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Bird Flu in North Korea Confirmed
March 27, 2005
>> North Korea says it has had a first outbreak of the deadly bird flu virus.
The state Korean Central News Agency said no people had been infected but hundreds of thousands of chickens had been culled and the carcasses burned.
The agency only said that the outbreak was "recent" and occurred at "two or three" chicken farms. It did not specify the virus type….
KCNA said Hadang farm in Pyongyang, among the city's largest, was one of the sites of the outbreak. <<
The announcement above confirms earlier media reports of avian influenza in North Korea.
Although North Korea did not specify the sub-type, culling hundreds of thousands of birds would indicate that this was HPAI (Highly Pathogenic Avian Influenza), and is likely to be H5N1.
Last season there was an outbreak of H5N1 in South Korea and isolates from a chicken, A/chicken/Korea/ES/03(H5N1), and duck , A/duck/Korea/ESD1/03(H5N1) were deposited at GenBank.
These 2003 isolates are closely related to a series of 2004 H5N1 isolates from Japan, A/chicken/Yamaguchi/7/2004(H5N1), A/chicken/Kyoto/3/2004(H5N1), A/crow/Kyoto/53/2004(H5N1), A/crow/Osaka/102/2004(H5N1), A/chicken/Oita/8/2004(H5N1).
These isolates are closely related to the Z genotype found throughout eastern Asia, but are distinct from the isolates in Vietnam and Thailand.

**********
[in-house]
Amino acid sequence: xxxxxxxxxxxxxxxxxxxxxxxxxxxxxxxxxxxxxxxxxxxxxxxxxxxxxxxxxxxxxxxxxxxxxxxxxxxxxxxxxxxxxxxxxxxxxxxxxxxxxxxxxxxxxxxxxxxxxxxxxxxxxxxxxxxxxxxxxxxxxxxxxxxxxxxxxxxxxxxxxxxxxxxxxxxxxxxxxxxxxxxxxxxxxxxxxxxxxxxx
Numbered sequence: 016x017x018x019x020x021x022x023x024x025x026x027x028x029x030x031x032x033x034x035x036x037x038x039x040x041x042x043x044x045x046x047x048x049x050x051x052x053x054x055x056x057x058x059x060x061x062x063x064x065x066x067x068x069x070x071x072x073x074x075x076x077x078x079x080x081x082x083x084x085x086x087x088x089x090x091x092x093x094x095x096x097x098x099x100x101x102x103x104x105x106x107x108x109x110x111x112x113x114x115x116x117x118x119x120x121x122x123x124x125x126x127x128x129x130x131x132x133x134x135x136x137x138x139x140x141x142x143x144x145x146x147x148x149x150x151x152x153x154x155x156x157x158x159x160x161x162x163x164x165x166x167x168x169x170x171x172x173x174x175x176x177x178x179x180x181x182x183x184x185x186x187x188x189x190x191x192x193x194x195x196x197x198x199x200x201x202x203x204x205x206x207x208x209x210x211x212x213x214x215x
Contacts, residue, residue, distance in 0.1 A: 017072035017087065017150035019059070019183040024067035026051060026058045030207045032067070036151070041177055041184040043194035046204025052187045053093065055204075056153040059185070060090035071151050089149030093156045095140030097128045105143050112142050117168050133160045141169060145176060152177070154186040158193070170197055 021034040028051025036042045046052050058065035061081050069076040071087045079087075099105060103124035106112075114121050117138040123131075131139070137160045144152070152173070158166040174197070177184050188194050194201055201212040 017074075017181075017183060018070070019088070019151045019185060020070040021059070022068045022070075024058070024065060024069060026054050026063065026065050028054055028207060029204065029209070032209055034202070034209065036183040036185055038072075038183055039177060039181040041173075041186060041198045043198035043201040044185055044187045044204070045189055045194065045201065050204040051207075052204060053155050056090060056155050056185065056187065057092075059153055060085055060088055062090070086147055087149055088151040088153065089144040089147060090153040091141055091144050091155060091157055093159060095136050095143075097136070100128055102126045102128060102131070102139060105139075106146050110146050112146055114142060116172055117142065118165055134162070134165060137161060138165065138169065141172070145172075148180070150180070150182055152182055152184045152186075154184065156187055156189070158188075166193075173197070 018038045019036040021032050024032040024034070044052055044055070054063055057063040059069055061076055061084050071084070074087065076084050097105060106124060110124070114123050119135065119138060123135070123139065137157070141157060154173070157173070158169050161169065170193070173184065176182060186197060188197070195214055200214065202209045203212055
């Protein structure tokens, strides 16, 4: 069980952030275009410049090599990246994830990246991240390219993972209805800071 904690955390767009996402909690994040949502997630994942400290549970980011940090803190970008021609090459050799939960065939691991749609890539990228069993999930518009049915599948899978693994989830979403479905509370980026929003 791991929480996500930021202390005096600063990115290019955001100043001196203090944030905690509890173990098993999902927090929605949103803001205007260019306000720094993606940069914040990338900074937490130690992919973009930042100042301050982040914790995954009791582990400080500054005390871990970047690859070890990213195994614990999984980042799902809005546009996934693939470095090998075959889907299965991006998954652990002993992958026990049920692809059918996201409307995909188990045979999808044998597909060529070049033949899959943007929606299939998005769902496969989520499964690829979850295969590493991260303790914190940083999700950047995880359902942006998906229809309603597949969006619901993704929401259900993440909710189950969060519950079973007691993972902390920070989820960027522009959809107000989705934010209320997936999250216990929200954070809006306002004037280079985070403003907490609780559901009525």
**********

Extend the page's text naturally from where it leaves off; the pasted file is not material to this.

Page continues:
In addition to H5N1 isolates in South Korea in 2003, a series of additional subtypes were found in South Korean live markets in 2003, including H3N2, H6N1, and H9N2. The internal genes of these isolates are closely related to each other, although some have recombined with genes found in H9N2 isolates from Hong Kong.
In 2005, there was also a report of an H5N2 isolated in South Korea. In addition, there have been a number of H9N2 and H1N1 swine isolates in South Korea, Six of the seven have human WSN/33 genes. Although the WHO has not been able to prove or disprove the existence of these sequences in swine, the avian genes in these isolates are closely related to the 2003 H9N2 Korean isolates. However, although these genes are clearly closest to the earlier Korean isolates, the avian genes in the 2004 swine isolates are distinct. However, three of the genes in the six isolates are WSN/33-like. If the sequences at GenBank are lab errors, it is unclear why there were no avian sequences for these three genes in any of the six swine isolates.
Because of the large number of birds culled in North Korea, more information on the sub-type and sequences of the HPAI would be important, especially if the sub-types were H5N1, H9N2, or H1N1.